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Mar 10, 2014 David Lang

Accordance 10.4: Free Update with Lots of New Features

If you launched Accordance 10 over the weekend, you probably received notice that a new update is available. If that hasn't happened yet, be sure to choose Check for App Update from the Accordance menu (on Mac) or the Utilities menu (on Windows) as soon as possible. Accordance 10.4 is a major update chock full of new features and enhancements. These include support for Retina displays and Mac OS X's fullscreen mode, numerous enhancements to user notes, the ability to use transliteration in Key number searches, and more.

While there are plenty of major new features, sometimes it's the little enhancements that turn out to be the most useful. For me, the list of Recent Modules that has now been added to the Add Parallel pop-up is a huge time-saver. If you've ever opened a parallel pane containing another translation or original language text, closed it when you were done with it, and then found yourself needing to open it again, you'll know immediately what I mean.

RecentMenu

Accordance 10.4 is loaded with little surprises like that, and it's completely free. Do yourself a favor and download it today.


 

Sep 13, 2012 David Lang

User Notes as a Teaching Tool

For the past few weeks, I've been teaching a Sunday School class on Bible study methods using the book of Colossians. Rather than just giving a series of lectures about the Bible, I want to get people reading the Bible for themselves and learning some basic methods of interpretation.

I started by laying out a bare-bones inductive method: what I call the I See! So What? Hmm… method. The I See! step refers to making simple observations about the text being studied. The So What? refers to deriving simple life applications from the text. The Hmm… is just a reminder that if you have a question you can't answer right now, you should jot it down so you can consider it later on.

In addition to laying out this simple method, I encouraged the people in my Sunday School class to focus on paragraphs rather than verses. I explained that verse breaks, while useful for locating a passage, are not usually the best way to break up a passage of study. Making observations on paragraphs would give them a much better feel for that passage's flow of thought.

To help them see how this method works, I created a User Notes file and added notes to Colossians 1:1 and 1:2. I recorded simple observations, applications, and questions about each verse. I also added notes to the first verse of each paragraph in Colossians 1. In each of those notes, I pasted the headings I See! (Observation):, So What? (Application):, and Hmm… (Question):, with several lines of space between them. I then simply printed the resulting User Notes file and used that as a handout on which they could write their observations on each paragraph.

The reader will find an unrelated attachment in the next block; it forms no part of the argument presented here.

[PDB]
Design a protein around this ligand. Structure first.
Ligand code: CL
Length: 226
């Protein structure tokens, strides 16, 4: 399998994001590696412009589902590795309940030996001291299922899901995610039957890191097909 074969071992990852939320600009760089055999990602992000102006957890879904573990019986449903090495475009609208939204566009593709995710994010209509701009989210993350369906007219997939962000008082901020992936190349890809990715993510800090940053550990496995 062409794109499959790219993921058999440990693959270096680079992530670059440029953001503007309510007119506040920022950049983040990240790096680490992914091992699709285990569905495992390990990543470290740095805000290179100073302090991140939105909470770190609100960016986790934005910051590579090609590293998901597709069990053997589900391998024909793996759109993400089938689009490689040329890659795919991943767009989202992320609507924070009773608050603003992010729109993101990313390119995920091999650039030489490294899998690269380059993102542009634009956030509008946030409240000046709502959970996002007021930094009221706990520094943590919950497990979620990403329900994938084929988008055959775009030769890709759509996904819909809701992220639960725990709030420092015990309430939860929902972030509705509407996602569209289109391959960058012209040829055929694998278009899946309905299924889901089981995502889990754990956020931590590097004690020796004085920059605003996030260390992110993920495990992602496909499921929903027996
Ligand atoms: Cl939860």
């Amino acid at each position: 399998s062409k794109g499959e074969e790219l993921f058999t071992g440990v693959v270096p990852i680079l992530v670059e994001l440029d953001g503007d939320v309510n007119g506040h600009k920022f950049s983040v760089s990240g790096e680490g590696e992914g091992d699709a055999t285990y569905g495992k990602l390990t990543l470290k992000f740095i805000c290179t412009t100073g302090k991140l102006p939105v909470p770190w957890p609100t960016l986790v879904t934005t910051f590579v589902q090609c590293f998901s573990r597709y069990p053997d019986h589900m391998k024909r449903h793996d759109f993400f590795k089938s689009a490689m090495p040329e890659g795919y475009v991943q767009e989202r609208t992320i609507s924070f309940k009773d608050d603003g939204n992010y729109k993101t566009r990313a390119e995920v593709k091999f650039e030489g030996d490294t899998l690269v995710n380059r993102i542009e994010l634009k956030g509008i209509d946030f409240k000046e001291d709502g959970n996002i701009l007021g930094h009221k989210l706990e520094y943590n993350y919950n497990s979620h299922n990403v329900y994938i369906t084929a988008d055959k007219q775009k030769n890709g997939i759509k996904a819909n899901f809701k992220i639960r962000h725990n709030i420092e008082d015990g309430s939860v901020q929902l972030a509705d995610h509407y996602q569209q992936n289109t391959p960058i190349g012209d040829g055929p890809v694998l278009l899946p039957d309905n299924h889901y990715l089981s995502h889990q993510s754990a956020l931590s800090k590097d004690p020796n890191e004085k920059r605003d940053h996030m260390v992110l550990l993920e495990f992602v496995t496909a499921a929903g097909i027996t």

In class, I projected an Accordance workspace with my preferred translation in one pane and the User Notes file in the other. Like this:

UserNotesTeaching1

After explaining the method, I had each member of the class write down his or her observations, applications, and questions on Colossians 1:3-8. I gave them about ten minutes to do so, then asked them to share any observations they had made. When the first person shared an observation, I simply began typing it in the User Notes pane. This opened the User Notes Edit window and the entire class could see the observation that was shared. Other members of the class then shared their observations, and I did my best to enter them into the user notes file for everyone to see. We proceeded like this through a number of observations, applications, and questions, with me adding my own comments or prompting them with questions about the passage.

UserNotesTeaching2

By using the User Notes feature in this way, I was able to encourage class participation and praise them in their own efforts to unpack the passage. The class became less about what I had to teach about Colossians and more about all of us digging into the passage together. And of course, the class brought out aspects of the passage I might never have noticed on my own.

The class was so successful we didn't have time to get beyond verse 8! But that was okay. They had the printed handout I had given them, so I sent them home with the assignment to dig into the next several paragraphs using the I See! So What? Hmm… method. This, of course, is my ultimate goal: to get them studying the Bible for themselves and feeling confident about their own ability to do so.

The simple editability of Accordance User Notes made it easy to transform my Sunday School class from a lecture into a collaborative Bible study, and the ability to print my notes made creating a simple handout incredibly easy.


 

May 26, 2011 David Lang

Taming the User Tool Edit window